Zhang Xi (Chinese official)
It is not known when Zhang Xi was born, but it is known that he came from a line that had served for generations as officials of Northern Wei, Northern Qi, Sui Dynasty, and Tang Dynasty. Zhang Xi's father Zhang Wencong (張文琮) served as a deputy minister during the reign of Emperor Gaozong of Tang, and his uncle Zhang Wenguan served as a chancellor.
During Wu Zetian's reign
The first historical reference to Zhang Xi's own career as an official was in 700, during the reign of Emperor Gaozong's wife Wu Zetian, when Zhang Xi was serving as the deputy minister of civil service affairs (天官侍郎, Tianguan Shilang). On that occasion, Zhang Changyi (張昌儀), the brother of Wu Zetian's lovers Zhang Yizhi and Zhang Changzong, had received a bribe from a reserve official with the surname of Xue (薛) to ask to be given an actual commission. Zhang Changyi took the bribe and his certificate of reserve commission and gave the certificate to Zhang Xi, ordering him to find a position for the man. Several days later, Zhang Xi found that he had misplaced the certificate, and he met Zhang Changyi to ask him what to do—to which Zhang Changyi replied, "How am I supposed to remember what his name was? The only way to salvage the situation is to give a commission to everyone named Xue." Zhang Xi, in fear, left Zhang Changyi's presence, and gave commissions some 60 reserve officials named Xue. Later in 700, Zhang Xi was made Fengge Shilang (鳳閣侍郎), the deputy head of the legislative bureau of government (鳳閣, Fengge) and given the designation Tong Fengge Luantai Pingzhangshi (同鳳閣鸞臺平章事), making him a chancellor de facto. At that time, Zhang Xi's nephew Li Jiao (a son of his sister) was already serving as chancellor, and as Wu Zetian did not want both uncle and nephew to serve as chancellors simultaneously, she removed Li Jiao from his office, but it was still regarded as a great honor to the family at the time to have him succeed his nephew. He continued to serve in the capacity as selector of officials, along with Zheng Gao (鄭杲).
In 701, Zhang Xi was accused of revealing palace secrets and accepting bribes, and he was set to be executed. At the time of his arrest, he rode a horse to the jail for high level officials, and continued, once there, to enjoy luxurious meals, while another chancellor who was also arrested, Su Weidao, slept on a mat on the floor and ate very simple meals. When Wu Zetian heard this, she released Su and returned him to office, while setting an execution date for Zhang Xi, but at the last moment spared him and exiled him to Xun Prefecture (循州, roughly modern Huizhou, Guangdong).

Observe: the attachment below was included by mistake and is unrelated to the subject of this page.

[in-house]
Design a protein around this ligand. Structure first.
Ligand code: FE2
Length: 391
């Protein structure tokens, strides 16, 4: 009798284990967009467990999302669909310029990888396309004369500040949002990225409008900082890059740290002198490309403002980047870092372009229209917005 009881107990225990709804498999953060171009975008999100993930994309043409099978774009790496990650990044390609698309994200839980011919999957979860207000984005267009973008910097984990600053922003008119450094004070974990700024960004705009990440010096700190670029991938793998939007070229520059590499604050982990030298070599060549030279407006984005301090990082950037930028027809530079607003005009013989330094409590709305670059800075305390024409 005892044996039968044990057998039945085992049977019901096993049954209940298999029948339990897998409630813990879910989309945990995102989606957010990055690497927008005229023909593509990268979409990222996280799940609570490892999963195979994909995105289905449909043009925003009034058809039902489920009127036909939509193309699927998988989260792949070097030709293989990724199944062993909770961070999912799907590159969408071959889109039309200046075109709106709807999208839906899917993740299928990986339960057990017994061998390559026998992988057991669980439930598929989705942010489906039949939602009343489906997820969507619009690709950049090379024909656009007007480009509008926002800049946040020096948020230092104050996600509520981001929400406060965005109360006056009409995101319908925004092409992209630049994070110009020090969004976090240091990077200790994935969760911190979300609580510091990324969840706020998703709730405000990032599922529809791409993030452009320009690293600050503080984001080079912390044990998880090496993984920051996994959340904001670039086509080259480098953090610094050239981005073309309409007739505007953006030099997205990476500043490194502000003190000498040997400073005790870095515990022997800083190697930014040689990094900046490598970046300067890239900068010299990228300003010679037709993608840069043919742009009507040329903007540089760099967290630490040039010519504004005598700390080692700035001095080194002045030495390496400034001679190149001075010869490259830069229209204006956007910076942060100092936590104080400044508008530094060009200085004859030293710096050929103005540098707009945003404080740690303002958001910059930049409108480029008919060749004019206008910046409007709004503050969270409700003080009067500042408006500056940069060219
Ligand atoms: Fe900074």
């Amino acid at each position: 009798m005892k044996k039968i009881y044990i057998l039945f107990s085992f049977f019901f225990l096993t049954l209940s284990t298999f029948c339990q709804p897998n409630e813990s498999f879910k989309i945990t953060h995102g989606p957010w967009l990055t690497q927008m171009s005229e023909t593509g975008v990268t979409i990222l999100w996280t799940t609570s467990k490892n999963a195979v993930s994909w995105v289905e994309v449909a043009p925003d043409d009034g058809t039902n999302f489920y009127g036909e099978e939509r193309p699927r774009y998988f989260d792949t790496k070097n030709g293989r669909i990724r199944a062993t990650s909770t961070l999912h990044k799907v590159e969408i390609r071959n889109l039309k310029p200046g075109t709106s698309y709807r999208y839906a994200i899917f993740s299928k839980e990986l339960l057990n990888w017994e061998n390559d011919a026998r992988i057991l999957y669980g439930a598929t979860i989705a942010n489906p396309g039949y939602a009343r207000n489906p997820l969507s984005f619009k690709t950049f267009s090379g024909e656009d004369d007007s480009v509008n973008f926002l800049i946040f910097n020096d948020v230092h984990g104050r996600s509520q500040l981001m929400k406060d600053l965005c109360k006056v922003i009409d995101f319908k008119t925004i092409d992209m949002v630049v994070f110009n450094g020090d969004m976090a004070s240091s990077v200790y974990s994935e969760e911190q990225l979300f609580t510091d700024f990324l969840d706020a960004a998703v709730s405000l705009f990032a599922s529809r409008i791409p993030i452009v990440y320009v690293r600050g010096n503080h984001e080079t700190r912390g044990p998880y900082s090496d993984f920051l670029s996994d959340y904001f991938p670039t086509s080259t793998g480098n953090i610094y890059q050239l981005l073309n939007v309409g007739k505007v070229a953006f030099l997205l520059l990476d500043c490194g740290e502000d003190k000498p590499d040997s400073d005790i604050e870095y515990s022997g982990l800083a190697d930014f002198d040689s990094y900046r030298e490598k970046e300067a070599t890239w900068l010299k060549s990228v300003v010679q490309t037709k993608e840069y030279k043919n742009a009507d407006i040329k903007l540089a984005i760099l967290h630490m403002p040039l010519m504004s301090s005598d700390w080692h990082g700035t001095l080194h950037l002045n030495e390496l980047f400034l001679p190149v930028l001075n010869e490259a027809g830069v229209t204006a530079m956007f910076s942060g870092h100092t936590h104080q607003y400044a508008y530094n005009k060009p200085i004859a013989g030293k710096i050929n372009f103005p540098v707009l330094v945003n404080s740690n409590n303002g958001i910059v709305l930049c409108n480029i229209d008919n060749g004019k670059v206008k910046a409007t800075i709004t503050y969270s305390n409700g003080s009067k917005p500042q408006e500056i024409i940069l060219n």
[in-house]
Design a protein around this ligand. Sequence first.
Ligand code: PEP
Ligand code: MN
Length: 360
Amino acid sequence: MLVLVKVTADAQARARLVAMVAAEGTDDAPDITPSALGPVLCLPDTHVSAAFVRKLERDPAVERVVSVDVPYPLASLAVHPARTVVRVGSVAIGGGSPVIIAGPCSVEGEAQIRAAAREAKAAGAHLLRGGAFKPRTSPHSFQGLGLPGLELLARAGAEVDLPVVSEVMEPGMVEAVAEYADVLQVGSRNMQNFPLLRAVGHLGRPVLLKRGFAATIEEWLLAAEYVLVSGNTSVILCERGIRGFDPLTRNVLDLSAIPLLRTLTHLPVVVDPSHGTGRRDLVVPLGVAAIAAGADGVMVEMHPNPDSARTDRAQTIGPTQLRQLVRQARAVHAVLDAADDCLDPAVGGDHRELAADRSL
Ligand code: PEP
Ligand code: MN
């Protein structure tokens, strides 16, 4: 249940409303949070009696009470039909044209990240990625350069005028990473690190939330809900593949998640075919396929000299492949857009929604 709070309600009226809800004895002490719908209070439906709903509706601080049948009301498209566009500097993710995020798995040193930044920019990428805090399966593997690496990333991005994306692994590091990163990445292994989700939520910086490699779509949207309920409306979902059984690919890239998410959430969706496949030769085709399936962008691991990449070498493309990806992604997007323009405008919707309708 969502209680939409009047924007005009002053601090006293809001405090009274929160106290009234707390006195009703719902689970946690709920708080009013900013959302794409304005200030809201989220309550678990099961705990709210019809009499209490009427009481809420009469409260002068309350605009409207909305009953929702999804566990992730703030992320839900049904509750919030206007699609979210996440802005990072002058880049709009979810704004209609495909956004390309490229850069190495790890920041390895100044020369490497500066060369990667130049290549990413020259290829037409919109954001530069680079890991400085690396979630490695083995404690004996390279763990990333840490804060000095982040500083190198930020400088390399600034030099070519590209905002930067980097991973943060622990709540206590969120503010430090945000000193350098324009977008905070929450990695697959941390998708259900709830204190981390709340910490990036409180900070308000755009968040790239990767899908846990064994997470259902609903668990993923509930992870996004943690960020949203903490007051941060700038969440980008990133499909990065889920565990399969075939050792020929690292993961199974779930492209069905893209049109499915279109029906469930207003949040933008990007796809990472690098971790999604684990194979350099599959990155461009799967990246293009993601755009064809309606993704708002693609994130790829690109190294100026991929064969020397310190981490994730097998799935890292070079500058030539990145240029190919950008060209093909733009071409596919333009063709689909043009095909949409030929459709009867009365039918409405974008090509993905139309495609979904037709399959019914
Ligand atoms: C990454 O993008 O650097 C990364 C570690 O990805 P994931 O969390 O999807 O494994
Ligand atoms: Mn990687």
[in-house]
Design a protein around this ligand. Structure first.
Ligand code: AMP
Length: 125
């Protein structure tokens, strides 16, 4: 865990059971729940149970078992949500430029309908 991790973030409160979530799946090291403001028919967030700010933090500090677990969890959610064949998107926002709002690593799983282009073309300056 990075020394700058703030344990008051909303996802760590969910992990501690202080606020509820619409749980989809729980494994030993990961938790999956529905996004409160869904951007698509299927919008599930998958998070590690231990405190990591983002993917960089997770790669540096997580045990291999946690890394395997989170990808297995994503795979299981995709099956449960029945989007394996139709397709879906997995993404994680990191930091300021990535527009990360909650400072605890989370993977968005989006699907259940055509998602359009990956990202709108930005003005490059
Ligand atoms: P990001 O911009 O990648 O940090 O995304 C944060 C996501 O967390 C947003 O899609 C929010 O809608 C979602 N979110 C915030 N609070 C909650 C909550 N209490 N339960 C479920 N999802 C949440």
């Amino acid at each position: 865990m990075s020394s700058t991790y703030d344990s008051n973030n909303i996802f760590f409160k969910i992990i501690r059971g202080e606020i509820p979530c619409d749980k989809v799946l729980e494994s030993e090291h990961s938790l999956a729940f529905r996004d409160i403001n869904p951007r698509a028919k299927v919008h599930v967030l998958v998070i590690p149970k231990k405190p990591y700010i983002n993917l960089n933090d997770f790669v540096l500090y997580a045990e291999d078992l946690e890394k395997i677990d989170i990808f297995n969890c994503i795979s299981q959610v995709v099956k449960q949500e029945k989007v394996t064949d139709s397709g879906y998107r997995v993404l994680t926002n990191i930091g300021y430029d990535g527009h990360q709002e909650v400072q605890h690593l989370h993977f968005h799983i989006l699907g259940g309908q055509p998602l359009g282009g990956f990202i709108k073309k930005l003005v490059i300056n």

After Wu Zetian's reign
Wu Zetian was overthrown in a coup in 705, and her son Li Xian the Crown Prince, formerly emperor, was restored to the throne (as Emperor Zhongzong). Sometime during Emperor Zhongzong's reign, Zhang Xi was recalled to serve as the minister of public works (工部尚書, Gongbu Shangshu) and was also in charge of editing imperial histories, and was eventually put in charge of the eastern capital Luoyang.
In 710, Emperor Zhongzong suddenly died—a death that traditional historians believed to be a poisoning carried out by his powerful wife Empress Wei and daughter Li Guo'er the Princess Anle, so that Empress Wei could become "emperor" like Wu Zetian did and that Li Guo'er could become crown princess. Meanwhile, though, Emperor Zhongzong's son by a concubine, Li Chongmao the Prince of Wen, was made emperor, with Empress Wei retaining power as empress dowager and regent. She conferred on Zhang Xi the designation of Tong Zhongshu Menxia Sanpin (同中書門下三品), again making him chancellor de facto, but had him remain in charge at Luoyang. Less than a month later, she and Li Guo'er were killed in a coup led by Emperor Zhongzong's sister Princess Taiping and nephew Li Longji the Prince of Linzi, and Li Longji's father Li Dan the Prince of Xiang, himself a former emperor, was restored to the throne (as Emperor Ruizong). Emperor Ruizong demoted all of the chancellors that Empress Dowager Wei had commissioned, and Zhang Xi was demoted to be the prefect of Jiang Prefecture (絳州, in modern Yuncheng, Shanxi). Sometime after that, he was created the Duke of Pingyuan, and died after his retirement, but the date of his death is not known.